World Aquatics, formerly FINA, confirmed on December 22 that men are now eligible to compete at the Olympic Games in artistic swimming.
In October, a new set of rules and major changes for artistic swimming were widely approved. In addition to the official introduction of the men’s solo events at the World Championships, nations now may select “up to two men” to make up the eight-athlete roster for the team events. The change was effective immediately for all World Aquatics events. It was confirmed today that the International Olympic Committee (IOC) had given its final approval for this change to go ahead on the Olympic stage as well, starting in 2024.
“It’s one of those moments in life when there’s a time before and a time after,” said Giorgio Minisini, three-time World Champion and four-time European Champion for Italy. “This is the first day of the second part of my career as an artistic swimmer. For 20 years, I have been swimming knowing that one thing was sure in my life: artistic swimming at the Olympics was a female sport, and the Games were closed to us men. Now, everything is different. I feel like I could fly.”
Over the last decades, numerous male artistic swimmers have fought for equality in the sport. Men were first included at the World Championships in 2015 in the mixed duets. 10 men participated in these inaugural events but only two are still active, including Minisini.
“Now at least, we can try to go to the Olympic Games,” he continued. “Knowing that we couldn’t even try at all was too much… Of course, I have to earn my spot but it’s not just about joining or going. It’s about having the opportunity, knowing that it’s possible, and that the young boys starting this sport now will have all the opportunities opened to them. I shared this journey with a lot of colleagues. I think of Bill [May] and Pau [Ribes] now, and I am sure everyone feels this moment, that something has changed. We made it change with our presence and by showing up when sometimes no one believed in us. This is something we did together, and I’m really proud to have been part of it.”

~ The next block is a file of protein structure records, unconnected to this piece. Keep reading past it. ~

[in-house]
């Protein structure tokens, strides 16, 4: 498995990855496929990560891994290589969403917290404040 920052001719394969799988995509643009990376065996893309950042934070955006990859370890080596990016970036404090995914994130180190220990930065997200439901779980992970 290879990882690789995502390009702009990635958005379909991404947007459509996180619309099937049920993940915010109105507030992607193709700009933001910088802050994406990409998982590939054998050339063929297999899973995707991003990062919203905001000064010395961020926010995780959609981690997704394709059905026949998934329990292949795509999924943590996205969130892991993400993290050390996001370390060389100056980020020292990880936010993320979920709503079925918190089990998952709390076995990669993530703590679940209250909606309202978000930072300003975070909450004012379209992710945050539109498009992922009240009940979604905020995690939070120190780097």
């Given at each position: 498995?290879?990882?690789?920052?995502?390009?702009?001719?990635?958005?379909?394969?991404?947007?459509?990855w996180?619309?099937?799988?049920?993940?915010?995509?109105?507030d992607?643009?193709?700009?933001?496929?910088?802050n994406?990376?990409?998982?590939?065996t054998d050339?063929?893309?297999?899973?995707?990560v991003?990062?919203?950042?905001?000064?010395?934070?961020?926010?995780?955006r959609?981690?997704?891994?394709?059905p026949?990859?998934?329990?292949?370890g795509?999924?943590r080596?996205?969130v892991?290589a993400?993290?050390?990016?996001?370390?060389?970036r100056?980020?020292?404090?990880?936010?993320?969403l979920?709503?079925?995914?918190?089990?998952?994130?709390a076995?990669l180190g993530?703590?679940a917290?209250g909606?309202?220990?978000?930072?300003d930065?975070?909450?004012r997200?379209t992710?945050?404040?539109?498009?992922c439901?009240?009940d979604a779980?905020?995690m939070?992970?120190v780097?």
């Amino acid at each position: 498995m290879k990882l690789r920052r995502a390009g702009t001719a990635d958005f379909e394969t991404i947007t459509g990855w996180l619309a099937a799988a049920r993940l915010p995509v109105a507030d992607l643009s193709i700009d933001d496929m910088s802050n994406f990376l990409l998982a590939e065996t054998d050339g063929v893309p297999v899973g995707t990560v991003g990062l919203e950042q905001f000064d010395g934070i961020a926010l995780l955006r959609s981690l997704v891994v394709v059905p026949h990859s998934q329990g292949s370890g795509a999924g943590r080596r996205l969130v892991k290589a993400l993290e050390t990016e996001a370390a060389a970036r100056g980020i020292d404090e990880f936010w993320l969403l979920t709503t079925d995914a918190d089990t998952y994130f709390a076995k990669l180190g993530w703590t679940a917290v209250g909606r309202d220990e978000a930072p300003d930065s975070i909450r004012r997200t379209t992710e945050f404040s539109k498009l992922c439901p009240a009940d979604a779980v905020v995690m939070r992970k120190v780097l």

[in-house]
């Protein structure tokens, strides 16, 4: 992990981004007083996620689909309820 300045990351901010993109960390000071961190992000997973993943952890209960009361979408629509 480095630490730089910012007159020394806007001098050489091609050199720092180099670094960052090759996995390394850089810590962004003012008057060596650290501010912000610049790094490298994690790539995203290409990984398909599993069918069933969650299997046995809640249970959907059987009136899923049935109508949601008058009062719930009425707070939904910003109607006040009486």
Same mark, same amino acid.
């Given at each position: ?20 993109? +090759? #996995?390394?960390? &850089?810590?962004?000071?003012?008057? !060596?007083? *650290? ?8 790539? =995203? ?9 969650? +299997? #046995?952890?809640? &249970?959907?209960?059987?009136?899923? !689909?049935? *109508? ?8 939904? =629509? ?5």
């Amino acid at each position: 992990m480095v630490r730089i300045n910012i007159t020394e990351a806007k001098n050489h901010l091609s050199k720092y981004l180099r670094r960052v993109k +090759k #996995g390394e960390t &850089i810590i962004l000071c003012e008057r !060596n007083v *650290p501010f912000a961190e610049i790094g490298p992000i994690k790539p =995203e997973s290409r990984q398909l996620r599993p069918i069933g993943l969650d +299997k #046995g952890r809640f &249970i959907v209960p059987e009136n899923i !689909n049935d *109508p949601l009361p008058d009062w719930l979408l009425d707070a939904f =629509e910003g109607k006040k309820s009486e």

Artistic swimming has been on the Olympic programme since 1984, but was a women-only event until now. 40 years later, it will officially be a mixed sport at the Games.
“I am excited and a little speechless,” said France’s Quentin Rakotomalala, 2022 European bronze medalist in free solo. “I’ve always told myself that the Olympic Games were too big of a dream. It felt out of reach for us men, and I thought it would be the case for much longer. I had just accepted that fact. But now, everything has changed. It’s a necessary first step, and the evolution that our sport deserves.”
“Waking up to this very big news was so exciting,” said Kenny Gaudet, who represents the U.S internationally. “Just thinking about all the hard stuff I went through to get to this moment… I can’t even put into words what this means. It’s a historic step for all in this sport, and especially for us men. It’s incredible to be a part of this time and to have the opportunity now to perform as a male in this sport at the Olympic level.”
10 countries are expected to compete in the Olympic Games in Paris in the team events. These now include the technical team, free team, and acrobatic team routines. The duet competition remains a women-only event.
“I was stunned when I saw the news,” said Ivan Martinovic, 2022 European bronze medalist in technical solo for Serbia. “It really feels like our voices are being heard and that the male community is gathering the recognition it deserves. I love the fact that our sport is changing drastically with the new rules and further inclusion. Now, the next step is to get mixed duets at the Olympics!”
“This is a great news,” said Renaud Barral, who represents Belgium in the mixed duet. “I can’t wait to be there in the stands to hopefully cheer for Giorgio and the Italian team with all my heart. This is good first step, and I can only believe that this will boost countries to invest in their boys. I also hope this will push for the inclusion of mixed duets in the following Olympics, so we can see an even bigger male participation at the Games.”
The push for men’s inclusion could already be seen during the 2022 season. Male solos were added to last year’s World Junior and World Youth Championships, and men could also swim in the free combination and highlight routines. At the European level, male solos featured on the programme at all European Championships, and men could enter in any team events.
In the follow-up of this news, World Aquatics clarified the team composition for the Olympic Games:
“For Olympic Games, team routines shall consist of eight (8) competitors. The total number of competitors entered by each Federation (unless otherwise specified) may not exceed nine (9) competitors, one as reserve. The total number of competitors may include a maximum of two (2) male competitors. ”
ARTICLE BY CHRISTINA MARMET
Cover photo by Antoine Saito
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